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  • WordNet 3.6
    • n terce the third canonical hour; about 9 a.m.
    • ***
Webster's Revised Unabridged Dictionary
  • Interesting fact: As specified by the Christian church, the canonical hours are matins, lauds, prime, terce, sext, none, vespers, and compline.
    • n Terce See Tierce.
    • ***
Century Dictionary and Cyclopedia
    • n terce A third; a third part.
    • n terce Same as tierce, 3.
    • n terce In Scots law, a right corresponding to dower in English law; a real right whereby a widow who has not accepted any special provision is entitled to a life-rent of one third of the heritage in which her husband died infeft, provided the marriage has endured for a year and a day, or has produced a living child. No widow is entitled to her terce until she is regularly kenned to it. See ken, transitive verb, 5.
    • n terce In the Roman Catholic and Greek churches, and in religious houses, and as a devotional office in the Anglican Church, the office of the third hour: originally and properly said half-way between sunrise and noon. See canonical hours, under canonical.
    • ***
Chambers's Twentieth Century Dictionary
    • n Terce tėrs (Scots law) a widow's right, where she has no conventional provision, to a liferent of a third of the husband's heritable property: the office of the third hour, which should be said between sunrise and noon.
    • ***


Chambers's Twentieth Century Dictionary


In literature:

The bell rang for Terce.
"The Christian A Story" by Hall Caine
The middle between them both is 50 degrees and a terce in latitude.
"Great Epochs in American History, Volume I." by Various
The second Parade in Terce, is called that within the Sword bearing a sloping Point towards your Adversaries Thigh, and as though within it.
"The School of Recreation (1696 edition)" by Robert Howlett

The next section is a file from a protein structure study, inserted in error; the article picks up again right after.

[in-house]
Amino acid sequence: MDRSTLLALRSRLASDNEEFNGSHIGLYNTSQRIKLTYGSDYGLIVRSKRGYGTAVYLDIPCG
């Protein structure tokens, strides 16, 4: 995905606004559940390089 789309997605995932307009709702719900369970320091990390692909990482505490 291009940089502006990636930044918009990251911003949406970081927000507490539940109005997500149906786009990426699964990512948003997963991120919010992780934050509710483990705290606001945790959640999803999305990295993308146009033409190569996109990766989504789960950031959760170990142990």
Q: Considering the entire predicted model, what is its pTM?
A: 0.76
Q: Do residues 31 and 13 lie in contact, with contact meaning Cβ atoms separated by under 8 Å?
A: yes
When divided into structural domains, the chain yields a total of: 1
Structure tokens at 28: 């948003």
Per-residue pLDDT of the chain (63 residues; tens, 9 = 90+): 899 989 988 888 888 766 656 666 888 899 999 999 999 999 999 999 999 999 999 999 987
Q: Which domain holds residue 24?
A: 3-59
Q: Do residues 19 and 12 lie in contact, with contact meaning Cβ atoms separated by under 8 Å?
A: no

Terce bell is sounding.
"A Speckled Bird" by Augusta J. Evans Wilson
Since the 6th century the number and order of the hours have been fixed thus: matins, lauds, prime, terce, sext, none, vespers, compline.
"Encyclopaedia Britannica, 11th Edition, Volume 13, Slice 7" by Various
In the monastery church the monks were chanting "terce" to an empty nave.
"God Wills It!" by William Stearns Davis

In news:

Daniel Ray said they filed a civil suit to get TERC to get rid of the tires, eliminate mosquitoes and control the vegetation.

In science:

Theory πOR – corresponding to schema (πO ) of on-termination of PRA×⌈X, O⌉ → ⌈X, 2⌉ (internal descent + stationarity), and terc = terc(u, v, w) : descending chains in Ordinal O (cid:23) N[ω ].
RCF2: Evaluation and Consistency
In classical Free-Variables Calculus, we would have to make sure that the fresh Free Variable – here “over” N – given to the right hand branch above, i. e. to terc(u, v, w) and its deductive descendants, gets not the name of any (free) variable already occurring as a component of “x” in the present context.
RCF2: Evaluation and Consistency
DeSta [p, c ]; internalisation of T erC [p, c, χ ] is terc(u, v, w) =def hv ⊙ u p§q p . =q p0q i p⇒q w ⊙ pℓq .
RCF2: Evaluation and Consistency
OR ⊢ TerCπ ((m, (u, v, w), a), n) : Aπ → 2.
RCF2: Evaluation and Consistency
The latter again by – dominated, formally: truncated – “characteristic” So we have verified both Antecedents for (ob jective) schema (πO ), in its here needed instance AπO, DeStaπO, TerCπO .
RCF2: Evaluation and Consistency
Position of the catalytic site of DNAP, on its one dimensional track (nth ). oriC Initiation site in replication process. terC Termination site in replication process.
Template-directed biopolymerization: tape-copying Turing machines
Each replication fork, alongwith its replisome synthesizing the leading and lagging strands approaches the same termination site (terC), but from opposite directions.
Template-directed biopolymerization: tape-copying Turing machines